Breakfast links: Build, don't kill
TOD proposed for Tysons: Tysons has its first proposal for an urban, mixed-use development, in this case adjacent to the planned Tysons West station. The Tysons planning committee hopes the project will illustrate what Tysons could be. (Post, Eric) ... Eric notes that there's another development planned nearby, which isn't as mixed-use.
DC office space pricier than NY?: DC office prices are declining much slower than elsewhere, and might soon become the nation's most expensive, beating out New York, at least according to one measuring firm (another disagrees). (WSJ, Joey)
Driver kills one of NYC's oldest: A driver killed 104-year-old Joe Rollino in Brooklyn. The driver faces no charges, just a ticket for a "defective horn," since she was not speeding or intoxicated. The Times reporters doesn't bat much of an eyelash about that, nor their persistent writing that "a minivan" killed Mr. Rollino. (NYT, Dan)
Speed while rich? Pay up: Several European countries are fining speeders in proportion to their income, to avoid wealthy drivers simply paying the tickets and not changing behavior. A Swiss court recently handed down a 203,180.83 euro ticket to a millionaire driver. (AP via Freakonomics)
Free bags at farmers' markets: Plastic bags are still free at area farmers' markets, and The Slow Cook wonders why. (ah) It's worth noting that the bags you put produce in at supermarkets are still free, too; are these more analogous to those than the bags at checkout?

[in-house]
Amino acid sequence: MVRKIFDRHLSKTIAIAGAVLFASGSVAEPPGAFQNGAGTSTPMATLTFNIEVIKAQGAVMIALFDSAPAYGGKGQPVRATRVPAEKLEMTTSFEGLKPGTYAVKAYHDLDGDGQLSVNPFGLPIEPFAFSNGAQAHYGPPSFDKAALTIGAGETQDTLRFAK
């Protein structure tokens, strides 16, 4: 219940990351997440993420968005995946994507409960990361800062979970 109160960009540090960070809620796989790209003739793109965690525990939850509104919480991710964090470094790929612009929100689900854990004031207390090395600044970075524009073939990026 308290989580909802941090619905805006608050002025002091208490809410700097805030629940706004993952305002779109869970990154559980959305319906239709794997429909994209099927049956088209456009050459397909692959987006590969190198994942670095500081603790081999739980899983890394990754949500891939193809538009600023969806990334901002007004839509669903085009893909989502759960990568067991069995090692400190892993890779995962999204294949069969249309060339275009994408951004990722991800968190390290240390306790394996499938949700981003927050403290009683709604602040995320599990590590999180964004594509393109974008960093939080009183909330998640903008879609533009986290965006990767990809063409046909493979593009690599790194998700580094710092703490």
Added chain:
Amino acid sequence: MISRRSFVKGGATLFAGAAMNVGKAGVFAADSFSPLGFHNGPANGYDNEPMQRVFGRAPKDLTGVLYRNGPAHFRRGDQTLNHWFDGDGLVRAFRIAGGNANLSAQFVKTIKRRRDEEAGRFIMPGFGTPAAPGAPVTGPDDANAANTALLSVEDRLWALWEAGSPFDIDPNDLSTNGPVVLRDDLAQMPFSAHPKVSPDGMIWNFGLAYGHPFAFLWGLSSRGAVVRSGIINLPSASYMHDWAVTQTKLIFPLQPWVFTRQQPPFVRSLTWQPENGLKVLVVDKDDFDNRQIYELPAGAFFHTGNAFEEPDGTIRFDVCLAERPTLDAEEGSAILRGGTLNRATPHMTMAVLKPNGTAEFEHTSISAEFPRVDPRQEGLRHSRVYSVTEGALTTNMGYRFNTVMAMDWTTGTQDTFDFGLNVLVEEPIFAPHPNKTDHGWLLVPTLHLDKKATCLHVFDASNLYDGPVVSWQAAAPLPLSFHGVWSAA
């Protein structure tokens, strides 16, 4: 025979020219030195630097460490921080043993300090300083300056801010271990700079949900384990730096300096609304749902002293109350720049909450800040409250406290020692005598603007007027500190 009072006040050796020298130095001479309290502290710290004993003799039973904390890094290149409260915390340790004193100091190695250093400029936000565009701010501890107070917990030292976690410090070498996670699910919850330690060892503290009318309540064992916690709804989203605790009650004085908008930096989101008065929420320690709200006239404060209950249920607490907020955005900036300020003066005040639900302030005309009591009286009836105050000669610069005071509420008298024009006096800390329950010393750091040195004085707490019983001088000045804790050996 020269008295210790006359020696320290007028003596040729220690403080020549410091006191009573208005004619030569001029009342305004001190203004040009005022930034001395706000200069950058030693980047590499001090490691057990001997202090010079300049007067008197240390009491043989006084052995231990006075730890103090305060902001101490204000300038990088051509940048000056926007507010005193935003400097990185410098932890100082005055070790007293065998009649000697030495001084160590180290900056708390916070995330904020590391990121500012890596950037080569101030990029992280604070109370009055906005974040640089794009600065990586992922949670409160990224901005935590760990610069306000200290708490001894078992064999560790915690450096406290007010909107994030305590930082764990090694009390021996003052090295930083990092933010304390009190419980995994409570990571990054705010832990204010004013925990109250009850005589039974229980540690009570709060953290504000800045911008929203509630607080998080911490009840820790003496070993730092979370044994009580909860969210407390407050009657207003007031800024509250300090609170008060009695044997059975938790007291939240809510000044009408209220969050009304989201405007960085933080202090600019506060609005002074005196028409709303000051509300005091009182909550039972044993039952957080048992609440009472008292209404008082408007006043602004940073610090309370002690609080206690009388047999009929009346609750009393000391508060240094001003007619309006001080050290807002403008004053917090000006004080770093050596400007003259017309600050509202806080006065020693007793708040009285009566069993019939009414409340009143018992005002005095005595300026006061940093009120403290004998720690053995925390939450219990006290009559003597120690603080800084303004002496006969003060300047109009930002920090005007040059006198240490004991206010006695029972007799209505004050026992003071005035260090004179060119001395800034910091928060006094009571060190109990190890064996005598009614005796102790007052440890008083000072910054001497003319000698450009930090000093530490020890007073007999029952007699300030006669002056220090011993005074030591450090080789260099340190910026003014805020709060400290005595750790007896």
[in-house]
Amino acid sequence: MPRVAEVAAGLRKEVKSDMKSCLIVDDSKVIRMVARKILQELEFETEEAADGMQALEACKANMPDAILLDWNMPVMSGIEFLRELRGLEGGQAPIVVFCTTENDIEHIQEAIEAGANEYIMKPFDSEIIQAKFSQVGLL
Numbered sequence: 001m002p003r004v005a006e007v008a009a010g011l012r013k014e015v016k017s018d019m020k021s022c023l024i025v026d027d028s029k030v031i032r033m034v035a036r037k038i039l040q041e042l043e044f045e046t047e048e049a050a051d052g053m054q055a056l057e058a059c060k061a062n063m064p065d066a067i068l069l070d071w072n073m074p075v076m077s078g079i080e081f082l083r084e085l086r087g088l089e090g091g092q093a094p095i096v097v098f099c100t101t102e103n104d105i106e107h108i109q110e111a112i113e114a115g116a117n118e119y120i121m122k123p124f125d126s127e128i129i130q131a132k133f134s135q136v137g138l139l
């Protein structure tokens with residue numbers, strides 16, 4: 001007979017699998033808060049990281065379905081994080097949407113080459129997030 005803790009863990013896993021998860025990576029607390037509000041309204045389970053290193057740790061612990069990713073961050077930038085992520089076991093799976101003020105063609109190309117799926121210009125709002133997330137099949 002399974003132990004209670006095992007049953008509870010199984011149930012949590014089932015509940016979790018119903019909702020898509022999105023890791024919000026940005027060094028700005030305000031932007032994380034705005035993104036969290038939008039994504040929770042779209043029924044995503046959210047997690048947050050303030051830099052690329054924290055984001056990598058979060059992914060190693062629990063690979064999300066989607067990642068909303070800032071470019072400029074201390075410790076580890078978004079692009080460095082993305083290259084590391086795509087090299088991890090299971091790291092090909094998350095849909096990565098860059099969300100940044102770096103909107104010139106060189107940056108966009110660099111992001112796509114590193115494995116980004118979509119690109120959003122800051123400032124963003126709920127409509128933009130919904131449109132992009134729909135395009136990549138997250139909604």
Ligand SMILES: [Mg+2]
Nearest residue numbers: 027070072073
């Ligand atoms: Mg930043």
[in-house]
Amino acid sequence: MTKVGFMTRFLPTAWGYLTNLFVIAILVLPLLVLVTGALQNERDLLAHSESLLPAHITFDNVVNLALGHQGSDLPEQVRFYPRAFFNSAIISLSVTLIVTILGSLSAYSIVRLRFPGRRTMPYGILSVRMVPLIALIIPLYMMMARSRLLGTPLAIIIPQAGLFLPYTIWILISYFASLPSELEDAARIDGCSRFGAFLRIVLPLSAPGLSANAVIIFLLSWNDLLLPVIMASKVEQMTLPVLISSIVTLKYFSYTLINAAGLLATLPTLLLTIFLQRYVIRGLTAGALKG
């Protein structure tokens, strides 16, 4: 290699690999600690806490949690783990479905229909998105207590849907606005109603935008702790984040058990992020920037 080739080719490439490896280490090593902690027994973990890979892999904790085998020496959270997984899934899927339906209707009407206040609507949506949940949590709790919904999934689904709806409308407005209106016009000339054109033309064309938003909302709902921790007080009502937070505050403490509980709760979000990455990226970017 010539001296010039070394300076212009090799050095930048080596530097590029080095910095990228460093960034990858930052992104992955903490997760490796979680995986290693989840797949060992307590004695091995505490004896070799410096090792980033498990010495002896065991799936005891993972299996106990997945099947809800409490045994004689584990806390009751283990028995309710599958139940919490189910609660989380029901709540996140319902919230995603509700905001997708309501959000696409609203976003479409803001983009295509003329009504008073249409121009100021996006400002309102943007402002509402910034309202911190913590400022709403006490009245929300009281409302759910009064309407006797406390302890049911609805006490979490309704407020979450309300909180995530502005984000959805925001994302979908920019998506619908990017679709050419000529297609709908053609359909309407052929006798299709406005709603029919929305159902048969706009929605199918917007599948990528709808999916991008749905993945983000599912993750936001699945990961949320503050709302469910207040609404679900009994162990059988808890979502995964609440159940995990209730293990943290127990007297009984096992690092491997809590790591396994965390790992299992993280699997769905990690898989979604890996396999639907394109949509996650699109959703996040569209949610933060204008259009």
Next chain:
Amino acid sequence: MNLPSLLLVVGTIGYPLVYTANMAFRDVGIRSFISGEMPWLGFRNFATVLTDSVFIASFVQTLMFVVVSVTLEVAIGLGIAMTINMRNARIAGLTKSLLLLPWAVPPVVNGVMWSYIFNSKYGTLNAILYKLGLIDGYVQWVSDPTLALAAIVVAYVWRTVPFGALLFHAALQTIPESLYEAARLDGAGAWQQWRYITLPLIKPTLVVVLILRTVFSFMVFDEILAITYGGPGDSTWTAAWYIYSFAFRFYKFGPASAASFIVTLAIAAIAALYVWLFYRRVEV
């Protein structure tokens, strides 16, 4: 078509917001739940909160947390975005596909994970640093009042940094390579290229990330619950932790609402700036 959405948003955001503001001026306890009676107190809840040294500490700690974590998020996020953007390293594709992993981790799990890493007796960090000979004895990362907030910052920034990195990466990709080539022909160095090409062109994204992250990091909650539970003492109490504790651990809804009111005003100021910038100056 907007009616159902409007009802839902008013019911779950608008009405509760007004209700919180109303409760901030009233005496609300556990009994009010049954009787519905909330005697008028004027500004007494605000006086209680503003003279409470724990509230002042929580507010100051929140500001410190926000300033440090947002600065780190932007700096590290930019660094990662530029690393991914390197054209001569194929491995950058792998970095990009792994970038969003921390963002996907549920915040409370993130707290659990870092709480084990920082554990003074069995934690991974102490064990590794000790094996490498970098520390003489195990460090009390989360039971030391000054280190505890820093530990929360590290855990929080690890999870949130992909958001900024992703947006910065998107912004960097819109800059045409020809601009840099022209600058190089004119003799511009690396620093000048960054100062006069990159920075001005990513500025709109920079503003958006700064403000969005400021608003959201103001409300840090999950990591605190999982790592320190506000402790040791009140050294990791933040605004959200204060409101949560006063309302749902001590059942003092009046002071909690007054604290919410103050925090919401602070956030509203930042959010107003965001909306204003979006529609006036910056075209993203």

Topping the hot list: Infrastructurist lists the four most wasteful east coast highway projects. Number one is Virginia's I-95/395 HOT lanes from the Pentagon to Spotsylvania County, whose purpose could be much better achieved by improving rail in the corridor.
Acela II: Amtrak's capital plan includes improvements to curves and tunnel approaches that will cut the trip between DC and NYC by up to 30 minutes, and interior improvements including WiFi on the Acela Express. (Railway Age, Wired, David C)Have a tip for the links? Submit it here.
- In White Oak, the region's east-west divide becomes an urban-suburban one
- Many Silver Line riders have no way to safely reach their offices
- How well do you know Metro? It's whichWMATA week 16
- The Silver Line's opening day, in 41 photos
- After a crash, a dangerous Four Corners intersection could become safer
- The Metro plan has changed a lot since 1968
- Who needs Metro? Not (as often) Capital Bikeshare users in central neighborhoods
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